Searching for Identity

The State of Israel is now approaching the end of its seventh decade. By all measures, its achievements are remarkable in many areas. The economy is booming, innovations ‘made in Israel’ are world class and its intellectual institutions, religious and secular alike, attract and accommodate a diverse student body. Last, but not least, the revival of Torah learning and its observance in Eretz Yisrael after the tragedies of the Second World War is nothing less than miraculous.

Nevertheless, the State is missing its centerpiece — a clear identity, a definition of itself. Any state must have an identity, otherwise it is without character and purpose; eventually it disintegrates.

The identity of a nation may be born out of a common denominator of its citizenry. Traditionally, a mutual ethnicity of the population creates a natural communality, or a shared ideology or set of beliefs creates a framework for a political entity. For instance, the United States, a country comprised of immigrants from different countries with different beliefs, became a nation by its constitution. This constitution formulates the core principles which the American citizens accept as the basic civic values of their society.

The State of Israel, from the day of its inception, was not able to define its identity. The root for this failure lies in the very nature of the Zionist movement, the driving force for its establishment. Zionism has different faces with diverse motivations, yet it is at its core a secular movement.

To understand this, let’s look at the history. At the turn of the twentieth century Jewish suffering, particularly of Eastern European Jewry, came to a climax. At the same time, the geopolitical conditions and globalization of politics presented an opportunity for Jews to resettle in their ancient homeland, Eretz Yisrael.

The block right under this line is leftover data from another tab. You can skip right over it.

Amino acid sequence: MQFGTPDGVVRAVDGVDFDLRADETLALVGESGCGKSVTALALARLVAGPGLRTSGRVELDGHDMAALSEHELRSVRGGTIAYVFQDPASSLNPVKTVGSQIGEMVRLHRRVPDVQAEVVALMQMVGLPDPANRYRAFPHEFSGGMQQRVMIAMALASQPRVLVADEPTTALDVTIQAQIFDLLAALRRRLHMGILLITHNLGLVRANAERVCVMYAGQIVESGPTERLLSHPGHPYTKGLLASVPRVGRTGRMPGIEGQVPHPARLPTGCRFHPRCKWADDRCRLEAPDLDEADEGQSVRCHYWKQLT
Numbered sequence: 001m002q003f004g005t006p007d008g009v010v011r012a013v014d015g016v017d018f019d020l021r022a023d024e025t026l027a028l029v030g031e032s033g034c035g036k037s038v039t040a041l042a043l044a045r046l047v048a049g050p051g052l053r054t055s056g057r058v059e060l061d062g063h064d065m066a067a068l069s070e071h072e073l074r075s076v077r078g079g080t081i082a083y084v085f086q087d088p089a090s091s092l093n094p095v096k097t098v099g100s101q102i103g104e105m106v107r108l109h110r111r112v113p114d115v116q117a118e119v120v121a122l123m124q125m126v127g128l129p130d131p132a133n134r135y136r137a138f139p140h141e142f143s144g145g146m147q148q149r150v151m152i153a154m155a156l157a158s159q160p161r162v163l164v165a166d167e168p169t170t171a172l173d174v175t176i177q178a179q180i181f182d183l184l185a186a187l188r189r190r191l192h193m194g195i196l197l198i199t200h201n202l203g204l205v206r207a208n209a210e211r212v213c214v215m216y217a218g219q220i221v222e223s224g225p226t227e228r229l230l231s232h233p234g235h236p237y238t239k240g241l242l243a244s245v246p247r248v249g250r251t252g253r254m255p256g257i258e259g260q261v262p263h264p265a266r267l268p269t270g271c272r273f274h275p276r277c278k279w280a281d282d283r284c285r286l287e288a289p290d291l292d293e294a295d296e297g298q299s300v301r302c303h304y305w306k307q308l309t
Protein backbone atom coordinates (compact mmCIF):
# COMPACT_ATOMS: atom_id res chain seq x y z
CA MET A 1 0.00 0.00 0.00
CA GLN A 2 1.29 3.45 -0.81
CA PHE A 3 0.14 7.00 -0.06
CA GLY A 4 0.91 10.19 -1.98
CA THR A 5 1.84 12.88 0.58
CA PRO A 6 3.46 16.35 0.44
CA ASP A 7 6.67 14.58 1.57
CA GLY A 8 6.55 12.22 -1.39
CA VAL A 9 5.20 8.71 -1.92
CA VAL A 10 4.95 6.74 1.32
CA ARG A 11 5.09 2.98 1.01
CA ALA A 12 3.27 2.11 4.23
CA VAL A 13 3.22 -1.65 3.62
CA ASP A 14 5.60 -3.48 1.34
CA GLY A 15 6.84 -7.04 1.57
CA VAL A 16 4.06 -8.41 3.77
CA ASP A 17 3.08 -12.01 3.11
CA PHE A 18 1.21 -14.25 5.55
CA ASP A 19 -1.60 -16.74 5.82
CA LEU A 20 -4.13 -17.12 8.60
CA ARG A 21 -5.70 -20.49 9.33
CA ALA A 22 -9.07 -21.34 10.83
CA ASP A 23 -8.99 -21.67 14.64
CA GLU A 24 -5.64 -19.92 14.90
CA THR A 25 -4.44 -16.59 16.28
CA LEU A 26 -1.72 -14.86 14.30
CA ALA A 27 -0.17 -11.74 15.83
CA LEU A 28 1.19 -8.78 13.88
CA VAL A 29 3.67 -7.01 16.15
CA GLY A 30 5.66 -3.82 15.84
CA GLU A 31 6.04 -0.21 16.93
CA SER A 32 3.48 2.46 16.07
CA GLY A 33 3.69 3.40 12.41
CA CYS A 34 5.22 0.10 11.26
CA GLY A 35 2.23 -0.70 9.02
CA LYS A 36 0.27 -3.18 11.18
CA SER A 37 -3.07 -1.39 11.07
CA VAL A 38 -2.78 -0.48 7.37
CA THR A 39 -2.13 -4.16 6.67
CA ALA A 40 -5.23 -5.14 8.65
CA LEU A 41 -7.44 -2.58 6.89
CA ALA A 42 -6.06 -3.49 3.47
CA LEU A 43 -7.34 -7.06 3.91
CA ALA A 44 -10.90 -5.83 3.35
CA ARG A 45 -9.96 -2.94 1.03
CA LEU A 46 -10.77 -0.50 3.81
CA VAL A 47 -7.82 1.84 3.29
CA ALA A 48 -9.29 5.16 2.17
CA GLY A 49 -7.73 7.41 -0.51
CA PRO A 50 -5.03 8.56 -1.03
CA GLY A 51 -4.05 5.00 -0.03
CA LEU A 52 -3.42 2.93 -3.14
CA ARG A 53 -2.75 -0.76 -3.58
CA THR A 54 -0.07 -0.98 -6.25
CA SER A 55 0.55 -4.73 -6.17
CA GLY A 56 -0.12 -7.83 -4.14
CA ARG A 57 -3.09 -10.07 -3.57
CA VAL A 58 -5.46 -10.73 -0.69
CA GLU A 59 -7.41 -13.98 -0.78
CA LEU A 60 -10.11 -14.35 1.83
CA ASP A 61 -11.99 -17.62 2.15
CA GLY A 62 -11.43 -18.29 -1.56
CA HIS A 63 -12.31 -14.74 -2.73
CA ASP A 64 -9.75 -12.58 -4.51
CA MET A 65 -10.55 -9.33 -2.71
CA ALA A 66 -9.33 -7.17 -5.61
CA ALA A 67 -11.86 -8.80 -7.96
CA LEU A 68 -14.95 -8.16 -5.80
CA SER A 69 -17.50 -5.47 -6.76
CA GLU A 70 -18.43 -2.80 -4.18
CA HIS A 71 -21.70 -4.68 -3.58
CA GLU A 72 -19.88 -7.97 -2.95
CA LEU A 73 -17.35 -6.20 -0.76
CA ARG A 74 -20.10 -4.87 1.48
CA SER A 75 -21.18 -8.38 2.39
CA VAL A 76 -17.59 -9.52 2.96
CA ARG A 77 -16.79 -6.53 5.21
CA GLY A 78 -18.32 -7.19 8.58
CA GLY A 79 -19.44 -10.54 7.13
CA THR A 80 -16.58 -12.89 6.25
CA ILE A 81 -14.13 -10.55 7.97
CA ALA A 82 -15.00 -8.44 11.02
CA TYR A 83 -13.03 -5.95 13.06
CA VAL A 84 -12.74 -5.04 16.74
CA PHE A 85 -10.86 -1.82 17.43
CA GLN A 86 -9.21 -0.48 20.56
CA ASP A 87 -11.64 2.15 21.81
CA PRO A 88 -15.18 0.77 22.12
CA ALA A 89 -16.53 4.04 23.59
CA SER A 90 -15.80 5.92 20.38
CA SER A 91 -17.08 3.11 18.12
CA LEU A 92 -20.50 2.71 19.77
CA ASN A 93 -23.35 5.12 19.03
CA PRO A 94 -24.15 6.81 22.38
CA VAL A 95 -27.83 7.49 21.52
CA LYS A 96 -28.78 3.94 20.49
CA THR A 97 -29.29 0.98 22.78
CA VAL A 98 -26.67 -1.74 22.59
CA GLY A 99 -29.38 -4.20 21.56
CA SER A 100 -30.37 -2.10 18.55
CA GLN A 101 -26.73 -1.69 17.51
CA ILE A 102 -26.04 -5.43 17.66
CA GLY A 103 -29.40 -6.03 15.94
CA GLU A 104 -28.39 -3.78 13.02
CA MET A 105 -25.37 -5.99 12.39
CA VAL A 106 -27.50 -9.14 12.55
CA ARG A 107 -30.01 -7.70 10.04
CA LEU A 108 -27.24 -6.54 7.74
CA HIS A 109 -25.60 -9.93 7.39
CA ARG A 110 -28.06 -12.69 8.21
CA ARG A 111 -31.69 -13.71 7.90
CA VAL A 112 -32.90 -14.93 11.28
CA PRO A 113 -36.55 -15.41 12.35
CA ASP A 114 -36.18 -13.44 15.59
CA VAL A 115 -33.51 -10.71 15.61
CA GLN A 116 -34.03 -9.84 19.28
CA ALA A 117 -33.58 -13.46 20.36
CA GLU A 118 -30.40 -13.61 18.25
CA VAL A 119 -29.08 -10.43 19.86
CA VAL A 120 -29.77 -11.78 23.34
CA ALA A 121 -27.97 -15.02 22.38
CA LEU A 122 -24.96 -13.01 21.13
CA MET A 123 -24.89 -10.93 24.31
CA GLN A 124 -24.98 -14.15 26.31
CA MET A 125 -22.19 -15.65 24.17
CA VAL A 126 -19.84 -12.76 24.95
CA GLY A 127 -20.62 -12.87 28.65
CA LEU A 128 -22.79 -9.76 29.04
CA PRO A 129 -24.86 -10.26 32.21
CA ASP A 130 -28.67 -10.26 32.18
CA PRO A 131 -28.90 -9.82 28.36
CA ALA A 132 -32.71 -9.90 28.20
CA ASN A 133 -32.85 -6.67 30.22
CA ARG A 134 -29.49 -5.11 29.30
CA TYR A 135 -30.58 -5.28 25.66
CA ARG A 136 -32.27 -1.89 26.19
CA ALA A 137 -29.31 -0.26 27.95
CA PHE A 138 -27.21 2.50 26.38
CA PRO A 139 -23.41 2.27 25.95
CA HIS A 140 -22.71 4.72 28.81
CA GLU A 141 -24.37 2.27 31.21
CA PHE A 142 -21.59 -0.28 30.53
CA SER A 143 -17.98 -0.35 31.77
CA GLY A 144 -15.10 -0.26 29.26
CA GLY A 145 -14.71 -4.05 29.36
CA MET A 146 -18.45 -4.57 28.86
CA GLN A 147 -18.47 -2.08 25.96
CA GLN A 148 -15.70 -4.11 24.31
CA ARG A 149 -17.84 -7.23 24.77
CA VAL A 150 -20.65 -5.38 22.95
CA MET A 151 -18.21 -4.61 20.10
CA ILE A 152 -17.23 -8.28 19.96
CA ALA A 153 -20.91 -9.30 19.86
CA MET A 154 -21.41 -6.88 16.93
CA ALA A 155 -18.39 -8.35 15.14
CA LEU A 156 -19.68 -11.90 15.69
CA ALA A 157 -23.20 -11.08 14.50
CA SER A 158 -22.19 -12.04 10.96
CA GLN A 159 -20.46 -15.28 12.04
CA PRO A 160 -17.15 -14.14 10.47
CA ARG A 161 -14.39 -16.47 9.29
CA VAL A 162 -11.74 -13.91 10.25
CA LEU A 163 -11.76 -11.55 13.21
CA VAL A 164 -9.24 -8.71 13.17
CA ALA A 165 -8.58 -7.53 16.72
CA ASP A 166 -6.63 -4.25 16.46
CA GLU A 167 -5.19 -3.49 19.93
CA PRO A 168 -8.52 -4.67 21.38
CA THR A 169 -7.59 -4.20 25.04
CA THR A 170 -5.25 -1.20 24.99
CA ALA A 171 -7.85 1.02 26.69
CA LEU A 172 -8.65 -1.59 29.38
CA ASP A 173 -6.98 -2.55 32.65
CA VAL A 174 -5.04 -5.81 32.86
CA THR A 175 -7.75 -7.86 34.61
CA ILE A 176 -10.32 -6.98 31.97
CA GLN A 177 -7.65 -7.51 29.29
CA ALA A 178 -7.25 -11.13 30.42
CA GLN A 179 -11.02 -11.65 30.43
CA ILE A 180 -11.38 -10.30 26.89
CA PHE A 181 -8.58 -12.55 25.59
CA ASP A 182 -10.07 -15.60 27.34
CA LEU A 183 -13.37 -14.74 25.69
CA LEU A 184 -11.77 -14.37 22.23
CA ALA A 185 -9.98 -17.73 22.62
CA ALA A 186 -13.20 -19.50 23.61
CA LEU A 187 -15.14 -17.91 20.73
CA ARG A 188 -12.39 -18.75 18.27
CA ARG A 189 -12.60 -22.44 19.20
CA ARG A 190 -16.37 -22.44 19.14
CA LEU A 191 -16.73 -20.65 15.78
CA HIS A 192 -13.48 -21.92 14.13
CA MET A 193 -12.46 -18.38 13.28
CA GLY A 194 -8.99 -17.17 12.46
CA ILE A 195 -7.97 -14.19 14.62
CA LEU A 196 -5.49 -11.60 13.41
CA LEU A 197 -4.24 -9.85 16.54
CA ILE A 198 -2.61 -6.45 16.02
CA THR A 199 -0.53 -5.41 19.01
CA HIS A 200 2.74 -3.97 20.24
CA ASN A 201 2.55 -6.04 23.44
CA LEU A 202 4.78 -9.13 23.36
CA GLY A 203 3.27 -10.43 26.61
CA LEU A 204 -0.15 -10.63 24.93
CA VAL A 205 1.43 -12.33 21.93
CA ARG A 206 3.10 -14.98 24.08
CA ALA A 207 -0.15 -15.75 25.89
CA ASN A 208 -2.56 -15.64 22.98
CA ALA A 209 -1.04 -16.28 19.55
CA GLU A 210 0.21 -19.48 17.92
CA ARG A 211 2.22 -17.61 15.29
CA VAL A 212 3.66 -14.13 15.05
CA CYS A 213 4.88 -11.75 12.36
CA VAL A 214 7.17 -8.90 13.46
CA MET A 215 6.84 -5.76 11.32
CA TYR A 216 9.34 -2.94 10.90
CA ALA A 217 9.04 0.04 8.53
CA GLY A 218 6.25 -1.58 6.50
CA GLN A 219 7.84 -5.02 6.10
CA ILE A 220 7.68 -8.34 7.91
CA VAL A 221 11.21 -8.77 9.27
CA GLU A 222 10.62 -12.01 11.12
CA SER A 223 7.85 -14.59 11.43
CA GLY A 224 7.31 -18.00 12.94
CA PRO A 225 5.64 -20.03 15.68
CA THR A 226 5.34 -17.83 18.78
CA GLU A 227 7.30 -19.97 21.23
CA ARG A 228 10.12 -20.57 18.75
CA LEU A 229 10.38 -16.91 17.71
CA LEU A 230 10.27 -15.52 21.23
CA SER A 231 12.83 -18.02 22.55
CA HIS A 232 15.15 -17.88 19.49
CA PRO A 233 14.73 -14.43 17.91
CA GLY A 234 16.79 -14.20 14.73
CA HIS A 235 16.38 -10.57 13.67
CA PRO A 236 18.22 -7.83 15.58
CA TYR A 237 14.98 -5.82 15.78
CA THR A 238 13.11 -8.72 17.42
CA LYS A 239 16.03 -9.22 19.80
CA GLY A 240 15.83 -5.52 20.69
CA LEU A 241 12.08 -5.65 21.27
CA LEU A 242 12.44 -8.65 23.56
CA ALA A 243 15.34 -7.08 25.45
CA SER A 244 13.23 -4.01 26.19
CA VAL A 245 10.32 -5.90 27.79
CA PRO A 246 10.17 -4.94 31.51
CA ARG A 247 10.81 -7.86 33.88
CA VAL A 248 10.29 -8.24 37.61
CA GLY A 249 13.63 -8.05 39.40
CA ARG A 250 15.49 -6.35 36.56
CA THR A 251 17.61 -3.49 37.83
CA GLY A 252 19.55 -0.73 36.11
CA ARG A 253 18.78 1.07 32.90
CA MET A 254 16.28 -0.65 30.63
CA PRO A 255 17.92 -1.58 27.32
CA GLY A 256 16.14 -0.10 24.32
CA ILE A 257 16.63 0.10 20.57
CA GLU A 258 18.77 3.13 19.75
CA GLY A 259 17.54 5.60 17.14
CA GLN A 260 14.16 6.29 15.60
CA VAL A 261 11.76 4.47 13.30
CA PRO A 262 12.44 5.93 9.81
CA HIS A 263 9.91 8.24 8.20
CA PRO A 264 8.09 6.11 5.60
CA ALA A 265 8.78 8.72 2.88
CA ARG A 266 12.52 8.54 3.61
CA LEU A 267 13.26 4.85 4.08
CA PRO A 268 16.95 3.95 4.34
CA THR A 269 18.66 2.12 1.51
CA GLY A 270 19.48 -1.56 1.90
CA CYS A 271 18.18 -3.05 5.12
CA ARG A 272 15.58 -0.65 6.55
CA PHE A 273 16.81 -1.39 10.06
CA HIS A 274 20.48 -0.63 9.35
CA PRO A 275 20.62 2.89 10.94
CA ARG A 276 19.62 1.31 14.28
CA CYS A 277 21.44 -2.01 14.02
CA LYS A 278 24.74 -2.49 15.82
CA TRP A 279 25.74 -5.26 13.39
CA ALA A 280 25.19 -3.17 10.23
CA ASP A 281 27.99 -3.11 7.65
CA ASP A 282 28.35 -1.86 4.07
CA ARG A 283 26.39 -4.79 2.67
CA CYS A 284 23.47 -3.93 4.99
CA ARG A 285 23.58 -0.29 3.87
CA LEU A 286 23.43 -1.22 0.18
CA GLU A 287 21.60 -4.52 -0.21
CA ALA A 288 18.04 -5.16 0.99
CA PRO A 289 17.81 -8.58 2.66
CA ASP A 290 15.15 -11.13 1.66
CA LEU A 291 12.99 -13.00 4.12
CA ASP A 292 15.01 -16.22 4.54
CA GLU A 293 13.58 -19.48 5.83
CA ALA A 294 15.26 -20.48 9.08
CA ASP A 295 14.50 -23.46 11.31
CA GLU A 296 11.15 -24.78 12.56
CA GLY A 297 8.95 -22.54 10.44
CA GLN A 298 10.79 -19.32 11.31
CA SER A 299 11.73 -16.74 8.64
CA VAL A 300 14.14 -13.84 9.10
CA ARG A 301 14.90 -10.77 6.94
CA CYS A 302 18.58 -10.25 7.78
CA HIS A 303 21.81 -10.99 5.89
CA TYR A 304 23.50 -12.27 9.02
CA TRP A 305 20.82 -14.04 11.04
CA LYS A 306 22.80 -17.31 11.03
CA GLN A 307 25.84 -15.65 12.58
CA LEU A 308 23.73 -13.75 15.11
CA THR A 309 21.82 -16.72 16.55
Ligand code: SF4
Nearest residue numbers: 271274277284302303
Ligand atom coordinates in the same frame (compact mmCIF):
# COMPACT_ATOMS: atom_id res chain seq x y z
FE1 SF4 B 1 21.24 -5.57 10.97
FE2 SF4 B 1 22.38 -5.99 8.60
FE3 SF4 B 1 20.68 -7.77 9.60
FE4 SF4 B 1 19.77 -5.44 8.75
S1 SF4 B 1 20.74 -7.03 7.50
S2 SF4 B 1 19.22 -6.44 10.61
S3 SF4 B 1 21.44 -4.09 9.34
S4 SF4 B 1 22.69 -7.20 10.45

For the religious forerunners of this movement, the chovevei Zion, it meant that Jews could return to the land of their spiritual roots, regardless of the rulers of the country. They were the motivators of the so-called aliyah rishonah who were mostly religious people who wanted to settle in Eretz Yisrael. The establishment of a Jewish government was not an issue to them at all. They recognized a historic opportunity to live in Eretz Yisrael without oppression and persecution, and it represented the realization of a dream even if the land was still a pikadon in gentile hands until the Final Redemption.

For secular Jews, the issue was completely different. In the spirit of the times, various ideologies replaced religion. Secular Zionism — depending on the faction — adopted Nationalism and Socialism as their own version of Judaism; they then demanded a State for a nation that had no home. This became the credo of Zionism. Eventually, the Balfour Declaration and the aftermath of both World Wars led to the birth of the modern-day State of Israel.

Zionism was not an uncontested movement. Opposition came from two conflicting camps. Religious Jewry opposed the secularization of Judaism and vehemently resisted the representation of our nation by secular Jews.

No less vehement was the opposition from the other side of the spectrum. The Reform movement rejected the concept of defining Jews as a distinct and separate nation. The return to the ancient Jewish homeland was thus anathema to loyal citizens (of different countries) of the Jewish faith. True to its set of beliefs, the Reform prayer book omitted any prayer for redemption or return to Jerusalem.